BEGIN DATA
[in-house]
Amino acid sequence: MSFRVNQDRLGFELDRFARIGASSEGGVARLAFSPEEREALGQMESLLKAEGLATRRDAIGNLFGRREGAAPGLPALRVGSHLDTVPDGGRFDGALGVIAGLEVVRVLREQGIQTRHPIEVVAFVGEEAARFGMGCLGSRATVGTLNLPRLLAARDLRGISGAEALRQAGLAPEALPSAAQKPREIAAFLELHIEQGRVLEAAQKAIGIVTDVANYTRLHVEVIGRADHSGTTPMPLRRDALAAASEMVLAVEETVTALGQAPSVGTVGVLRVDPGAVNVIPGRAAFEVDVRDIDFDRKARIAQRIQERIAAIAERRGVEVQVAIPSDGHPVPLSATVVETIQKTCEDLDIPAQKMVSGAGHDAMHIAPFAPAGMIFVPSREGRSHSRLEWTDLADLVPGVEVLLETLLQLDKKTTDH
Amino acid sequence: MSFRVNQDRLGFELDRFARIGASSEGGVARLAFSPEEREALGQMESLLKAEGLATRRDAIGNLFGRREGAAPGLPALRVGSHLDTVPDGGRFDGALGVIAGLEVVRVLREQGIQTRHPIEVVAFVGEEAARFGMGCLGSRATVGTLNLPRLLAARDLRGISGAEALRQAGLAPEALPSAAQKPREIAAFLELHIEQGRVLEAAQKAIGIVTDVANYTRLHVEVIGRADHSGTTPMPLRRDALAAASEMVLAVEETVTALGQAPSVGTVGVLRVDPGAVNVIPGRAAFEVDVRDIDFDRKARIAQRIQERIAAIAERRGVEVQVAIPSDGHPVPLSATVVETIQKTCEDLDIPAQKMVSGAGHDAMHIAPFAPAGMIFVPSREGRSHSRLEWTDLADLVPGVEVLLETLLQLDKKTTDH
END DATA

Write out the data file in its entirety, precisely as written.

[in-house]
Amino acid sequence: MSFRVNQDRLGFELDRFARIGASSEGGVARLAFSPEEREALGQMESLLKAEGLATRRDAIGNLFGRREGAAPGLPALRVGSHLDTVPDGGRFDGALGVIAGLEVVRVLREQGIQTRHPIEVVAFVGEEAARFGMGCLGSRATVGTLNLPRLLAARDLRGISGAEALRQAGLAPEALPSAAQKPREIAAFLELHIEQGRVLEAAQKAIGIVTDVANYTRLHVEVIGRADHSGTTPMPLRRDALAAASEMVLAVEETVTALGQAPSVGTVGVLRVDPGAVNVIPGRAAFEVDVRDIDFDRKARIAQRIQERIAAIAERRGVEVQVAIPSDGHPVPLSATVVETIQKTCEDLDIPAQKMVSGAGHDAMHIAPFAPAGMIFVPSREGRSHSRLEWTDLADLVPGVEVLLETLLQLDKKTTDH
Amino acid sequence: MSFRVNQDRLGFELDRFARIGASSEGGVARLAFSPEEREALGQMESLLKAEGLATRRDAIGNLFGRREGAAPGLPALRVGSHLDTVPDGGRFDGALGVIAGLEVVRVLREQGIQTRHPIEVVAFVGEEAARFGMGCLGSRATVGTLNLPRLLAARDLRGISGAEALRQAGLAPEALPSAAQKPREIAAFLELHIEQGRVLEAAQKAIGIVTDVANYTRLHVEVIGRADHSGTTPMPLRRDALAAASEMVLAVEETVTALGQAPSVGTVGVLRVDPGAVNVIPGRAAFEVDVRDIDFDRKARIAQRIQERIAAIAERRGVEVQVAIPSDGHPVPLSATVVETIQKTCEDLDIPAQKMVSGAGHDAMHIAPFAPAGMIFVPSREGRSHSRLEWTDLADLVPGVEVLLETLLQLDKKTTDH